Nonetheless, reflecting the difficulty of the IGEB to gain sustained participation from its co-chairs, the task force recommends, “If Deputies do not routinely participate, then designated representatives to the . . . PNT Executive Committee . . . must be formally empowered to speak for and act on behalf of their respective Deputies for all matters coming before the [committee].”

Says Parkinson, “The [PNT] executive committee can do some good if it gets the attention of people who can make some changes.”

Mike Shaw, director of the National Space-Based PNT Coordination Office that will provide staff support for the executive committee, says he hopes the office will exercise “more insight responsibilities.” By this Shaw means looking into the agencies involved with GPS and identifying “disconnects” the prevent a common exercise of GPS policy, and then putting this information “in front of senior people” who can make the needed changes.
Glen Gibbons

NovAtel Inc.
The Defense Science Board (DSB) Task Force report focuses primarily on project strategies for correction of a number of known GPS deficiencies, with the impetus to fix things being driven by the potential future impact of Galileo. There are some good thoughts and several opportunities for improvement.

The President’s U.S. Space-Based Positioning, Navigation, and Timing (PNT) Policy announced in December 2004 already highlights areas where GPS and GPS assets are vulnerable to jamming. The DSB Task Force report once again highlights this area of vulnerability, especially for civilian users.

As the supplier of GPS reference receivers to the FAA Wide Area Augmentation System (WAAS) network and participant in the development and supply of the Galileo Reference Chain receivers for the Galileo ground control system, NovAtel has proposed an approach using a combination of antenna array and signal processing for protection of the NovAtel network reference receivers. These extensively tested and qualified national networks could substantially improve GPS signal monitoring – if only the GPS control segment could access data from the WAAS networks in US, Japan, Europe, India and even China.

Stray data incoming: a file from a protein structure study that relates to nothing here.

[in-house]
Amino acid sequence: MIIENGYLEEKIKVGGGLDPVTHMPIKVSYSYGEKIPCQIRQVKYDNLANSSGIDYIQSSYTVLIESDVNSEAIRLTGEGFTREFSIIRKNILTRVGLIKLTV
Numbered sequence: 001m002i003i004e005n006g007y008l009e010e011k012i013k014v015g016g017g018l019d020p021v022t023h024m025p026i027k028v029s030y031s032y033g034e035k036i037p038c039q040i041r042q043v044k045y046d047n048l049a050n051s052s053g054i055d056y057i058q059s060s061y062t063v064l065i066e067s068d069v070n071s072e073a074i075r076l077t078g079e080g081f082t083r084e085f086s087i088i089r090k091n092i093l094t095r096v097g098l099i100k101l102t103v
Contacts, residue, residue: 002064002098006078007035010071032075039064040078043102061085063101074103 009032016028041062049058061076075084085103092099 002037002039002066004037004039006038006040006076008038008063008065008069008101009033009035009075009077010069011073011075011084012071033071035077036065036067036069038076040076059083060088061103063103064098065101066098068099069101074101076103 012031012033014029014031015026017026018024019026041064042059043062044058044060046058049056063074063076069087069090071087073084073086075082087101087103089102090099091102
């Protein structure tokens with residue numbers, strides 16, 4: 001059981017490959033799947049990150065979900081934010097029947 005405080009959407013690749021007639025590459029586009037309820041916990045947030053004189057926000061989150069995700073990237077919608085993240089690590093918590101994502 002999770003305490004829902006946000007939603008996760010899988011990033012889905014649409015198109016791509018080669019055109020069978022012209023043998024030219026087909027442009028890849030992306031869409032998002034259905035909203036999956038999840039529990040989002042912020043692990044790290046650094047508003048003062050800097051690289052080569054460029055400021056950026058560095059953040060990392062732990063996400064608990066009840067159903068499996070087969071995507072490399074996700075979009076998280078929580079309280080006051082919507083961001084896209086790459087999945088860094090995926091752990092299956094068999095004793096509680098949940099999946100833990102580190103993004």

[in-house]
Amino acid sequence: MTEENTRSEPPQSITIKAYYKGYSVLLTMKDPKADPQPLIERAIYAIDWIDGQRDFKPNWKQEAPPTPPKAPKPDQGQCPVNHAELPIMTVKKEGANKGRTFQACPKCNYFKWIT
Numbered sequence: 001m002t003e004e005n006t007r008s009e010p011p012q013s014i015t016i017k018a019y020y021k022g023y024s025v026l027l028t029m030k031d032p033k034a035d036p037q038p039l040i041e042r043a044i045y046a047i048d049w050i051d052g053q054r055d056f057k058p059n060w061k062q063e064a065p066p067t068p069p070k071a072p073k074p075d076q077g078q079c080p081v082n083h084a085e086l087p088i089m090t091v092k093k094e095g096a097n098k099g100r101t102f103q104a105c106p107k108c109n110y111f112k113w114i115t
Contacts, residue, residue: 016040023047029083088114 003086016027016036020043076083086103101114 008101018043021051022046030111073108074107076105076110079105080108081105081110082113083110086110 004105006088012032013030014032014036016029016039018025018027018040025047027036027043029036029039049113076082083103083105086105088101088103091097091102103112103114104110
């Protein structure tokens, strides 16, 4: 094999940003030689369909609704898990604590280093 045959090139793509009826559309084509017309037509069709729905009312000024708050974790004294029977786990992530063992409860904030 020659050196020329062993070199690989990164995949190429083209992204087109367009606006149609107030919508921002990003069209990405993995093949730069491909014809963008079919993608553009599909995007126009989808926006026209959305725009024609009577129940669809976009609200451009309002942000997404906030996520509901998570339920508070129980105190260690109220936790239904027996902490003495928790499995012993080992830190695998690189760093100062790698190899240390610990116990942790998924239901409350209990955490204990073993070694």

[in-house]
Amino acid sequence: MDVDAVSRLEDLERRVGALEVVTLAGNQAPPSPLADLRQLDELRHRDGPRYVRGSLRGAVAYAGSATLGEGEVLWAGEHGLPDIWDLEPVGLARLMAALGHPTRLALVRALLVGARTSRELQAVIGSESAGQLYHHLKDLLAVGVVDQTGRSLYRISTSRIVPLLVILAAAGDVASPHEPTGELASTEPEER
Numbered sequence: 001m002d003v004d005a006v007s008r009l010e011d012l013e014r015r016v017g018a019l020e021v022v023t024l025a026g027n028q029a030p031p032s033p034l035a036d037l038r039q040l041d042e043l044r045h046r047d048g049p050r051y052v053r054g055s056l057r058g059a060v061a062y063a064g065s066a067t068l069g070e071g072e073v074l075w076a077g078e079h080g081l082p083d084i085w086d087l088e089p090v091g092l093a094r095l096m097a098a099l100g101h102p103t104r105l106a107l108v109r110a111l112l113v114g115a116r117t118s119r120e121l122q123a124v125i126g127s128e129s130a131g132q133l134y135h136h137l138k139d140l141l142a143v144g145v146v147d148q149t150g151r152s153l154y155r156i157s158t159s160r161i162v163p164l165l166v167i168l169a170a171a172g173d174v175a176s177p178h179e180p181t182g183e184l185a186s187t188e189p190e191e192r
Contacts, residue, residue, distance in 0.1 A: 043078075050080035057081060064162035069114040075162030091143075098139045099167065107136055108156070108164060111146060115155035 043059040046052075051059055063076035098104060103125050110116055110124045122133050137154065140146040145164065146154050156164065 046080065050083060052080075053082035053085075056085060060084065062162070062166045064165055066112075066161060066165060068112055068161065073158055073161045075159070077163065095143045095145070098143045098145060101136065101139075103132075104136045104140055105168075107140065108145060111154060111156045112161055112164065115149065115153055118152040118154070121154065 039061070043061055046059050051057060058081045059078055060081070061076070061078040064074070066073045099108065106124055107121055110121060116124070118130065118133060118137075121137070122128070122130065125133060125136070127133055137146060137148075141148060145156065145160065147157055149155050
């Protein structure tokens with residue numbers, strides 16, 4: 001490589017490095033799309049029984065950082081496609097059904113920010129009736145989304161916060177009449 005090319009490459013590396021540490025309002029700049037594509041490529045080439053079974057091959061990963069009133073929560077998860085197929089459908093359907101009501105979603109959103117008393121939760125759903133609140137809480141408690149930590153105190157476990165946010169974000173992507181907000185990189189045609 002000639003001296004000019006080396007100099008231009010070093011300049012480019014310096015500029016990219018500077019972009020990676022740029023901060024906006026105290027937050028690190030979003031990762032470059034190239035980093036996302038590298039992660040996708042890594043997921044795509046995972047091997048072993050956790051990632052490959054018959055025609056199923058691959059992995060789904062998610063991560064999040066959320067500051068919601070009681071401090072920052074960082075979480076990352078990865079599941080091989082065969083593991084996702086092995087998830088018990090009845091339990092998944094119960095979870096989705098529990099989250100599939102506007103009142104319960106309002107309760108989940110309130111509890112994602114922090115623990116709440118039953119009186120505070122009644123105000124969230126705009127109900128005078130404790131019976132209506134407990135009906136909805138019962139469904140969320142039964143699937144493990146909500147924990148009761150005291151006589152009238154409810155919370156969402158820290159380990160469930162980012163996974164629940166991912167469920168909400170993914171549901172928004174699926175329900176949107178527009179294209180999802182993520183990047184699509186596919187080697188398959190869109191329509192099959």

NovAtel supports the initiative to permanently increase the GPS constellation to 30 satellites, and we are ready for the new L2C and L5 signals. More space vehicles means a greater probability of seeing good geometry signals, and more signals at different frequencies will improve system accuracy and signal reliability. The DSB report does not, however, appear to consider the combined use of Galileo and GPS, which together will provide up to 60 satellites. This will really improve signal reliability and usability!

Keeping pace with the coming of Galileo is a recurring theme and the threat of a competitive system runs throughout the report. However, it does not really support the need to actively monitor and use Galileo for national programs such as WAAS and Local Area Augmentation Systems (LAAS). NovAtel has already fielded a commercial dual-mode GPS/Galileo 16 channel receiver, which can provide users with the benefits of new signals and which works with both systems.

Such receivers could be readily added to the existing WAAS reference receivers. Moreover, NovAtel expects to be deeply involved in Galileo and GPS receiver development for many years to come.

As the world moves into a GPS/Galileo dual-constellation environment, where dual use will be pervasive, it seems strange that the U.S. Department of Defense may have to remain reliant on single-mode GPS while the rest of us benefit from the improved accuracy and reliability which GPS and Galileo together will provide.

Tony Murfin
Vice President, Business Development
NovAtel, Inc.

Lockheed Martin
The Defense Science Board report thoughtfully addresses many key issues as the government looks forward to and works to define future generations of the Global Positioning System. Many of the issues raised in the report have been examined by industry and the Air Force as part of the GPS III architecture and requirements studies.

The report will serve as an important resource as the Air Force finalizes its plans to acquire next-generation space and ground architectures. GPS III is a major focus area for Lockheed Martin, and we stand ready to help the Air Force create a next-generation system that will address the challenging military transformational and civil needs across the  globe, including advanced anti-jam capabilities, improved system security and  accuracy, and reliability.

Steve Tatum
Sr. Manager, Communications
Lockheed Martin Space Systems Co.

EADS Space Services
The DSB Task Force report provides a very interesting and fair overview of the Global Positioning System challenges from a performance, competitiveness and governance point of view in view of the upcoming European alternative “Galileo.” As a major actor of the future Galileo PNT system, EADS has a particular interest in the GPS evolutions and policy, especially in the field of cooperation with leading U.S. manufacturers.